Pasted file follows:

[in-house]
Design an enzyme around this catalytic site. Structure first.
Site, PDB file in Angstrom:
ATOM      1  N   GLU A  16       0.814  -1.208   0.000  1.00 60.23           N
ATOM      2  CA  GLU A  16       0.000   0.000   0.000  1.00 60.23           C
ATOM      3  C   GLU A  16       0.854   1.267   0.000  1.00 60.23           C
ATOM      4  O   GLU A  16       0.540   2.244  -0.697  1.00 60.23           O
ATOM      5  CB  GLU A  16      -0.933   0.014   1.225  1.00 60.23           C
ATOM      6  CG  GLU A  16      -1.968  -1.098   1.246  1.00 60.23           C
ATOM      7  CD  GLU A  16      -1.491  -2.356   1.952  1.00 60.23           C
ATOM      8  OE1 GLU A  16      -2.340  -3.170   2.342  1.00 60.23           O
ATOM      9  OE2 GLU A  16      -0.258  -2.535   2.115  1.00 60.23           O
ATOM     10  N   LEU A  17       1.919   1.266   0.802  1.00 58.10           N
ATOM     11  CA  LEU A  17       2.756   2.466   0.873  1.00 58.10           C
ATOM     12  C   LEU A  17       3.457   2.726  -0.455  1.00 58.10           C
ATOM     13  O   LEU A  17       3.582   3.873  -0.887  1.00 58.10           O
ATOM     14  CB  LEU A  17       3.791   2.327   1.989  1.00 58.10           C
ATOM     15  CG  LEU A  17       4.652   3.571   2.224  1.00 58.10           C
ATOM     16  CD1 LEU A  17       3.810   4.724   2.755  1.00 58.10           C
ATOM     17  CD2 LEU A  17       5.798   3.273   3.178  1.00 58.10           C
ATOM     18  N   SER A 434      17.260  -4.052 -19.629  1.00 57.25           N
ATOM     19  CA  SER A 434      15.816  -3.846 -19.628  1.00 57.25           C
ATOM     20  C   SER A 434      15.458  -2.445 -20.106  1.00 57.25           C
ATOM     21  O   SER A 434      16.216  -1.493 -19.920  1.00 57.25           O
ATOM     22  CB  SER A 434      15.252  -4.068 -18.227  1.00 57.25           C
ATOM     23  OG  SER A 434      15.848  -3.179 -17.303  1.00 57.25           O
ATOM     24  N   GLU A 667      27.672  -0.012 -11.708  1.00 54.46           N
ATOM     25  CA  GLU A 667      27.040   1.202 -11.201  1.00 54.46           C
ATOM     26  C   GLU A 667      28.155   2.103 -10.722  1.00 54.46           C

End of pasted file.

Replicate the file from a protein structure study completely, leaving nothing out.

[in-house]
Design an enzyme around this catalytic site. Structure first.
Site, PDB file in Angstrom:
ATOM      1  N   GLU A  16       0.814  -1.208   0.000  1.00 60.23           N
ATOM      2  CA  GLU A  16       0.000   0.000   0.000  1.00 60.23           C
ATOM      3  C   GLU A  16       0.854   1.267   0.000  1.00 60.23           C
ATOM      4  O   GLU A  16       0.540   2.244  -0.697  1.00 60.23           O
ATOM      5  CB  GLU A  16      -0.933   0.014   1.225  1.00 60.23           C
ATOM      6  CG  GLU A  16      -1.968  -1.098   1.246  1.00 60.23           C
ATOM      7  CD  GLU A  16      -1.491  -2.356   1.952  1.00 60.23           C
ATOM      8  OE1 GLU A  16      -2.340  -3.170   2.342  1.00 60.23           O
ATOM      9  OE2 GLU A  16      -0.258  -2.535   2.115  1.00 60.23           O
ATOM     10  N   LEU A  17       1.919   1.266   0.802  1.00 58.10           N
ATOM     11  CA  LEU A  17       2.756   2.466   0.873  1.00 58.10           C
ATOM     12  C   LEU A  17       3.457   2.726  -0.455  1.00 58.10           C
ATOM     13  O   LEU A  17       3.582   3.873  -0.887  1.00 58.10           O
ATOM     14  CB  LEU A  17       3.791   2.327   1.989  1.00 58.10           C
ATOM     15  CG  LEU A  17       4.652   3.571   2.224  1.00 58.10           C
ATOM     16  CD1 LEU A  17       3.810   4.724   2.755  1.00 58.10           C
ATOM     17  CD2 LEU A  17       5.798   3.273   3.178  1.00 58.10           C
ATOM     18  N   SER A 434      17.260  -4.052 -19.629  1.00 57.25           N
ATOM     19  CA  SER A 434      15.816  -3.846 -19.628  1.00 57.25           C
ATOM     20  C   SER A 434      15.458  -2.445 -20.106  1.00 57.25           C
ATOM     21  O   SER A 434      16.216  -1.493 -19.920  1.00 57.25           O
ATOM     22  CB  SER A 434      15.252  -4.068 -18.227  1.00 57.25           C
ATOM     23  OG  SER A 434      15.848  -3.179 -17.303  1.00 57.25           O
ATOM     24  N   GLU A 667      27.672  -0.012 -11.708  1.00 54.46           N
ATOM     25  CA  GLU A 667      27.040   1.202 -11.201  1.00 54.46           C
ATOM     26  C   GLU A 667      28.155   2.103 -10.722  1.00 54.46           C